(Reprinted from the Pilot)
by Rachel McLeod-Warrick
From February 23–26, six Principia College students represented the country of Mexico in the 62nd Midwest Model United Nations conference in St. Louis.
The College Model UN team consisted of Rhyan du Peloux, part of the First General Assembly committee, Caroline Carlson, part of the Second General Assembly committee, Chris Ajuoga, and George William Lutwama, both in the United Nations human rights council, Tobin Blair, part of the United Nations environment assembly, and Kristin Neubert, part of the United Nations security council.
Associate Professor of Political Science Sarah Andrews served as the program’s academic advisor. Model UN conferences provide hands-on educational experiences in which students learn about diplomacy and international relations. This year’s conference was entirely in person after two years of pandemic-related restrictions.
The event lasted three full days, jam-packed with work for every delegate. “We each worked tirelessly for 20 hours in plenary sessions,” wrote Carlson, who served as the head delegate for the team. “Each of us had key roles in the writing of clauses in the resolution papers of all the committees,” she added.
After four days of hard work, resolutions from the delegations’ committees were passed by the General Assembly plenary session. Most notably, under the UN Human Rights Committee, Ajuoga and Lutwama’s position paper was recognized among the best position papers at the conference.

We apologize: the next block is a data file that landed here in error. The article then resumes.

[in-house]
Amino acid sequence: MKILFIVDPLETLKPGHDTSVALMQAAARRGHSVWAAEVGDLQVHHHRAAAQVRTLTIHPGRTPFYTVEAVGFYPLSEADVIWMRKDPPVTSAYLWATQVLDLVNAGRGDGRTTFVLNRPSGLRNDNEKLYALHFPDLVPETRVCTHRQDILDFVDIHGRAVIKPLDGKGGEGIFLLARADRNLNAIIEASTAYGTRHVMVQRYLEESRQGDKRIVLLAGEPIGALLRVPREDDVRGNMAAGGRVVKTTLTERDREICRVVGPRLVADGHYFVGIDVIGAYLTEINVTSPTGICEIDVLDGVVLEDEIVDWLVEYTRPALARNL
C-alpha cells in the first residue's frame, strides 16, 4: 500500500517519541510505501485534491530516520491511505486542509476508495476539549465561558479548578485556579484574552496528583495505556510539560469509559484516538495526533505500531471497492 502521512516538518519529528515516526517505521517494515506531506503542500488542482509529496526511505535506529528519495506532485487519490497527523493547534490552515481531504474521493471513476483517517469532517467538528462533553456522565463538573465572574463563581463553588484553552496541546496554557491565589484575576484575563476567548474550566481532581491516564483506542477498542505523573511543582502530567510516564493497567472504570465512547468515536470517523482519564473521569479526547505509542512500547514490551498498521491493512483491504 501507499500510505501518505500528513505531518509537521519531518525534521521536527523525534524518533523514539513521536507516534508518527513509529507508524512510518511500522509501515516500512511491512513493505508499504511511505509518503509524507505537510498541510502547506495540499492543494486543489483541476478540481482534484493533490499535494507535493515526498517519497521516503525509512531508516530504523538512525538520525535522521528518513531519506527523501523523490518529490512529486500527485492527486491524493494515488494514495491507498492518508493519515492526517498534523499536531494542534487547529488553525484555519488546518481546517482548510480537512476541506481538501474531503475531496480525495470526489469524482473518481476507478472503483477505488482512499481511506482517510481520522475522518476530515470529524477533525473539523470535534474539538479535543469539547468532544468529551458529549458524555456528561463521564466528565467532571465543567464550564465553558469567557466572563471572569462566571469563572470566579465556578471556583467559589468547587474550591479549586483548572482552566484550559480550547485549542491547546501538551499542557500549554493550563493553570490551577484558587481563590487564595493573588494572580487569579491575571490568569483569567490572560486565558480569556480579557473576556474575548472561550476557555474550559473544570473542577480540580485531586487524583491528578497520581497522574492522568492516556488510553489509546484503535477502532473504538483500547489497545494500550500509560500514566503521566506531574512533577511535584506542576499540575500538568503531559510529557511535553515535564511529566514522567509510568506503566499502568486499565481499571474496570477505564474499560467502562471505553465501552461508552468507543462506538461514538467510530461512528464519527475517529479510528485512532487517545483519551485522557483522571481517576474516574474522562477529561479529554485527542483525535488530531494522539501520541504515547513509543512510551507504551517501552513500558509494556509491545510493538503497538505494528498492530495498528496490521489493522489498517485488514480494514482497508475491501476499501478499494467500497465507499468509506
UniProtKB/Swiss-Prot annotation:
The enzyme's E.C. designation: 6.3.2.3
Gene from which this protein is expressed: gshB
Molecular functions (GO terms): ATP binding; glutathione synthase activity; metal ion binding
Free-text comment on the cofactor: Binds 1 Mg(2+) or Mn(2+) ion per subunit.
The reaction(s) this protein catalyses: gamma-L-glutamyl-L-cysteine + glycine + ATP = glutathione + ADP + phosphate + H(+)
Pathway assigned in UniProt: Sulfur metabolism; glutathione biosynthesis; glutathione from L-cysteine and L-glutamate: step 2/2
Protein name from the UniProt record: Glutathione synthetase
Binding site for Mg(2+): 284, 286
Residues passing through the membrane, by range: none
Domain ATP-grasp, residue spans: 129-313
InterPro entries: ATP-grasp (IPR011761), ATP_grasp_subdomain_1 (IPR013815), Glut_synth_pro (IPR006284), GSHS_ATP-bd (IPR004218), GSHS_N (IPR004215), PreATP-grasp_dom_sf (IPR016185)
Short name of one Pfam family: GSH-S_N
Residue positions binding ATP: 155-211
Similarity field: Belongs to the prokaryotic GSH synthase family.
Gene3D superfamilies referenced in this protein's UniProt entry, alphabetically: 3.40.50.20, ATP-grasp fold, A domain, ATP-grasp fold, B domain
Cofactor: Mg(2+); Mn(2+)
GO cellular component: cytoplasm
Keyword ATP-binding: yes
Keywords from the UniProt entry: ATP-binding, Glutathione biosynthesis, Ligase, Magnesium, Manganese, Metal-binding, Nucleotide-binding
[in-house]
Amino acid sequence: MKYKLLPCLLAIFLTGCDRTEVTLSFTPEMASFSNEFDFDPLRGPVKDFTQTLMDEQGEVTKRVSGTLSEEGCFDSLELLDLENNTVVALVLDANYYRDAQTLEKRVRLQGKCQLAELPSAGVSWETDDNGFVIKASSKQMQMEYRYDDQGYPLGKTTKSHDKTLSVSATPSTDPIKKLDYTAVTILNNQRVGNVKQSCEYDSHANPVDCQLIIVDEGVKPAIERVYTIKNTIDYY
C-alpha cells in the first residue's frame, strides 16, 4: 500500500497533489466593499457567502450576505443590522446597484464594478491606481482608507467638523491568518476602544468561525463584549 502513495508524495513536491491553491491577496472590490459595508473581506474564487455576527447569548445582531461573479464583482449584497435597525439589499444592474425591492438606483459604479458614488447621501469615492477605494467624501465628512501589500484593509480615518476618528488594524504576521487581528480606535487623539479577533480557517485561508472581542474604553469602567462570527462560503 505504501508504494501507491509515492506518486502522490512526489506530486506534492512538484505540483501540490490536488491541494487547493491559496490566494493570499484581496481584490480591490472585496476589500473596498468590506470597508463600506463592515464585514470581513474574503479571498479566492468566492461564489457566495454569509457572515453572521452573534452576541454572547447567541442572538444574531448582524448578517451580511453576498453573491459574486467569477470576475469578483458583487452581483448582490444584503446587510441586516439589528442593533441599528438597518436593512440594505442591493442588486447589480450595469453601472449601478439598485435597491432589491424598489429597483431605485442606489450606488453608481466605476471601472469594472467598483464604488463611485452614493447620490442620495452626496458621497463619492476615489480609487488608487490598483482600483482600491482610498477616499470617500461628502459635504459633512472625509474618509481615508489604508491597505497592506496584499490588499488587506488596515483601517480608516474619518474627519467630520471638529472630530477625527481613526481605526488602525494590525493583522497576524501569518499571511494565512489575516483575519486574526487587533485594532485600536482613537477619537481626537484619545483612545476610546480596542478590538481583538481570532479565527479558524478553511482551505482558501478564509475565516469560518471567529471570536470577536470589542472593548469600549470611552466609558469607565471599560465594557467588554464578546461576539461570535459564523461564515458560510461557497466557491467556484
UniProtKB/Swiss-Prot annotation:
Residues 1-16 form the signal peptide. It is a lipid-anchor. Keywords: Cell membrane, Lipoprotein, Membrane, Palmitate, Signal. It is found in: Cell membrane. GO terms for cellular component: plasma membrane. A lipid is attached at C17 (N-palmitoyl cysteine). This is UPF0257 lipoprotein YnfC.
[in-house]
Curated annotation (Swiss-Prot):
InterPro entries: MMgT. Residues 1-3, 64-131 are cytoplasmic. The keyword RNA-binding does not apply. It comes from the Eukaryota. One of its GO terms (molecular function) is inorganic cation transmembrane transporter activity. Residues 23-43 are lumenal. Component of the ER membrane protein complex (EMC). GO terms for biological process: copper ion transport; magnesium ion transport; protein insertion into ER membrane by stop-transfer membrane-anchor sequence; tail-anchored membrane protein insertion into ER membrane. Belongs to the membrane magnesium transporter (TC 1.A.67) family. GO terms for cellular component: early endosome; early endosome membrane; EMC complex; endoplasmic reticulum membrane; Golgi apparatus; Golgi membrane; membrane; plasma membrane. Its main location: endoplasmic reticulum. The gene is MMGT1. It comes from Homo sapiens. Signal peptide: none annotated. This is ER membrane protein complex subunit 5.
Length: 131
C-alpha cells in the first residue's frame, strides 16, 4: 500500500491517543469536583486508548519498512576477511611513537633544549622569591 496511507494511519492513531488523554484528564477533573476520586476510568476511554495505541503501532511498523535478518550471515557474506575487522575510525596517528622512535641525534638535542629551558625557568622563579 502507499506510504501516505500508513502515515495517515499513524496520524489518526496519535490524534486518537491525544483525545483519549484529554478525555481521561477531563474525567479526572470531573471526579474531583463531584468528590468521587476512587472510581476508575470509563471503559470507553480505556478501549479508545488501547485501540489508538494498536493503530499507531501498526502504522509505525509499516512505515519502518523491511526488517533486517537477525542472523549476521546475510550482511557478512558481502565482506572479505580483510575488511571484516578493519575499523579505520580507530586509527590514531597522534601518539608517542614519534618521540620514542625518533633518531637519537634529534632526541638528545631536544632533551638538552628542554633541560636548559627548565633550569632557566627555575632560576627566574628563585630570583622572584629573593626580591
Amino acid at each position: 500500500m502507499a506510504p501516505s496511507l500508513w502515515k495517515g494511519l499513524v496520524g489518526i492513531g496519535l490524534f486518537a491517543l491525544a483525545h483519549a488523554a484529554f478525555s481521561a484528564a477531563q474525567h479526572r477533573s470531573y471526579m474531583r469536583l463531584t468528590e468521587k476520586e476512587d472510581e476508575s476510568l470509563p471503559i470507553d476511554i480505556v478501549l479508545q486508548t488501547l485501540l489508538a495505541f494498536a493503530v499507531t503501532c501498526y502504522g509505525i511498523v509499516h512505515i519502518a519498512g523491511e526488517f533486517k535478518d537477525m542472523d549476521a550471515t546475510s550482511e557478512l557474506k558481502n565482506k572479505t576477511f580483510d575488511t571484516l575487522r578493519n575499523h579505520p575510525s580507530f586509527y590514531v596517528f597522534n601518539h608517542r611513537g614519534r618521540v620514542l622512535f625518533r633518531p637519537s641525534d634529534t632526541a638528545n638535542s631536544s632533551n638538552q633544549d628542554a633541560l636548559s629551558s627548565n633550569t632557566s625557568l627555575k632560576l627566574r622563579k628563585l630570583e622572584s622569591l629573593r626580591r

"Winning [this award] meant a lot; just like in any competition, winning seemed like tasting gold," said Lutwama over email correspondence. "Our deep research, commitment, teamwork, and prayers helped us win this, given the numerous delegations that were competing. Our professor Dr. Andrews also contributed tremendously to our win. I felt ecstatic that we had secured a win for our Principia College community.”
The whole experience for the team was hard work but rewarding for the students as they represented Principia. "The conference was a very enriching experience, both because it helped me understand the functioning of the UN and because it enabled me to work on resolutions and ideas that can shape the future of international relations,” said du Peloux. Being able to meet and bond with students from all over the US who share the same interest in diplomacy was a highlight, he added.